demonstrated the disproportionate disadvantage of the African American community when it comes to cancer in general; it showed higher incidence and mortality rates, as well as lower 5-year survival rate (DeSantis et al., 2016). The data, from 2008 to 2012, revealed a 70% higher rate of prostate cancer incidence among African American men than that of White Americans. Besides, the prostate cancer mortality rate was 2.4 times higher for African American men, and their 5-year survival rate was 97% as compared to 99% for White American men (DeSantis et al., 2016). DeSantis and his colleagues (2016) pointed to equitable access to prevention and early cancer detection as part of the solution to these disparities.

Benjamins et al. (2016) examined racial disparities in age-adjusted prostate cancer mortality in the 50 largest U.S. cities by analyzing trends over 20 years. The cities were chosen based on 2005 census data; nine of them were excluded from the study due to inappropriate data (Benjamins et al., 2016). Prostate cancer-related Black: White

(49)

using Spearman’s rank correlation coefficient, ecological associations were also analyzed to better understand the racial disparity (Benjamins et al., 2016). The results indicated a statistically significant higher prostate cancer mortality rate among African Americans as compared to White Americans, with New York City showing the highest number of African American deaths per year (Benjamins et al., 2016). Over the 20 years, prostate cancer mortality rates had decreased for both African American and White American men; however, that decrease happened at a slower pace for the African Americans

resulting in an average 2.38 Black: White mortality rate ratio (Benjamins et al., 2016). As in other studies, there was no indication of the country of origin of the Black participants in that study. As noted in the following paragraph, when compared to other individuals, Caribbean born men had been affected at a higher rate and endured a more substantial burden due to prostate cancer.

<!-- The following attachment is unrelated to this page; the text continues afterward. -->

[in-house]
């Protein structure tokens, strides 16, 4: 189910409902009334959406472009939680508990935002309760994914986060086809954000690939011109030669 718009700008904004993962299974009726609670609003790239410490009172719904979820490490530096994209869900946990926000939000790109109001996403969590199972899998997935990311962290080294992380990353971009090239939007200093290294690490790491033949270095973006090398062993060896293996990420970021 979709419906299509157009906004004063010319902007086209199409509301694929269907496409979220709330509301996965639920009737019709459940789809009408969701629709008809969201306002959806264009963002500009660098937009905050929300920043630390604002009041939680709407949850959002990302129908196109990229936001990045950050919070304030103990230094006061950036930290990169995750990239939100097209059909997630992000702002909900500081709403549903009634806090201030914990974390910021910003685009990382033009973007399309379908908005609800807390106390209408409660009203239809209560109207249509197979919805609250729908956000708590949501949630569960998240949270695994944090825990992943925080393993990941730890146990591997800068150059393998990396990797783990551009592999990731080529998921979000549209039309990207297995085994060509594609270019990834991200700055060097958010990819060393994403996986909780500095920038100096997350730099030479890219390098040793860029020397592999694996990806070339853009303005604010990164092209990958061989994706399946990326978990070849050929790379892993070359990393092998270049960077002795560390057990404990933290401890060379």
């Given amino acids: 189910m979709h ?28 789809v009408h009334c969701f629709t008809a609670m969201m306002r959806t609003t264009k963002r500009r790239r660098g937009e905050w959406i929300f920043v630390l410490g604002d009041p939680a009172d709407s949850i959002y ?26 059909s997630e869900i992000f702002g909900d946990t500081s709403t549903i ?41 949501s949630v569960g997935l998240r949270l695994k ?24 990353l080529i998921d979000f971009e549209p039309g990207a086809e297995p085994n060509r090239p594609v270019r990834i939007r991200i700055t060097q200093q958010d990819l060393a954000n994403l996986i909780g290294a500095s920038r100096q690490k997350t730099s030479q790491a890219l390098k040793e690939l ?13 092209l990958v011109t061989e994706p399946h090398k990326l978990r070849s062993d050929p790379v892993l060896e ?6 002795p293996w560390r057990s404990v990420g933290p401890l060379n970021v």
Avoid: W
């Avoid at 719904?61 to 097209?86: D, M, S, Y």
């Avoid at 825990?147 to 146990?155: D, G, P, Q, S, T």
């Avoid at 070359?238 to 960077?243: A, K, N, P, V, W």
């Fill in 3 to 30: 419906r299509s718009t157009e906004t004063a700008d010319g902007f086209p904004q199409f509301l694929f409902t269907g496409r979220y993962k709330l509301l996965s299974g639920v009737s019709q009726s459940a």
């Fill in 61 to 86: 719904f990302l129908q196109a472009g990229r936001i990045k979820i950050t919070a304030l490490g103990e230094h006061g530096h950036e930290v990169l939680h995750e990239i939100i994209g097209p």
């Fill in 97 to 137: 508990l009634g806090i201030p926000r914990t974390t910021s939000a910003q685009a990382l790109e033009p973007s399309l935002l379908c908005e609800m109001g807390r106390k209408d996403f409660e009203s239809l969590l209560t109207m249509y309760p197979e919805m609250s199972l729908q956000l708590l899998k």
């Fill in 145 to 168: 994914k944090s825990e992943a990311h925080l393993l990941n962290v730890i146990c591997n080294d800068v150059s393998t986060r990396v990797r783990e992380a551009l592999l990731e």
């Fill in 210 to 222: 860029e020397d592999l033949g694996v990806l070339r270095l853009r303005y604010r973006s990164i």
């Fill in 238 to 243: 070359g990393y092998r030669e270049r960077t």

Considering prostate cancer as a significant public health concern for individuals of African descent, Rebbeck et al. (2013) conducted a global study to evaluate and compare the incidence and mortality rates for African American, Caribbean, and African men from the sub-Saharan Africa region. They gathered primary data from the

Surveillance, Epidemiology, and End Results data set and GLOBOCAN for the year 2008; they also conducted a literature review through the Medline database for additional data on prostate cancer rates within the target population (Rebbeck et al., 2013). The study confirmed findings from previous studies. Indeed, the results identified prostate cancer as the leading cancer diagnosis in African American, Caribbean, and SSA men. The 2008 data also placed the Caribbean men with the second highest prostate cancer

(50)

incidence rate (71.7 per 100,000), as compared to that of the African American men (159.6 per 100,000), and the SSA men (17.5 per 100,000) (Rebbeck et al., 2013). However, the prostate cancer mortality rate was the highest for the Caribbean men with 26.3 per 100,000, as compared to 12.5 and 22.4 per 100,000 for the SSA and African American men respectively (Rebbeck et al., 2013). Accordingly, while prostate cancer represented a significant public health issue for all men of African descent, it was more prevalent for African American and the Caribbean men, and more lethal for the

Caribbean men. Additional data showed that of the eight Caribbean countries considered during that study, Haiti had the third highest prostate cancer mortality rate (35.5 per 100,000), behind Barbados (61.7 per 100,000) and Trinidad and Tobago (46.9 per 100,000.

Many research inquiries had been conducted to try to explain the causes of prostate cancer disparities between regions (Ma & Yu, 2006; Mutetwa et al., 2010). Among the different reasons that had been mentioned, lack of early detection initiatives had often been cited among the most probable causes. Mutetwa et al. (2010) conducted two studies to investigate this health disparity; one of those studies reinforced the belief regarding a lower utilization of screening services. Both studies involved Trinidad and Tobago, which was the country with the second highest prostate cancer mortality rate in the Caribbean region (Rebbeck et al., 2013). In the first study, Mutetwa and his

colleagues (2010) examined the effect of the birth-place and the place of residence of the Caribbean men on their prostate cancer survival rate. The sample population comprised of 6,142 prostate cancer patients, of whom 1,100 were living in Brooklyn, 609 were in

Figure

Updating...

Related subjects :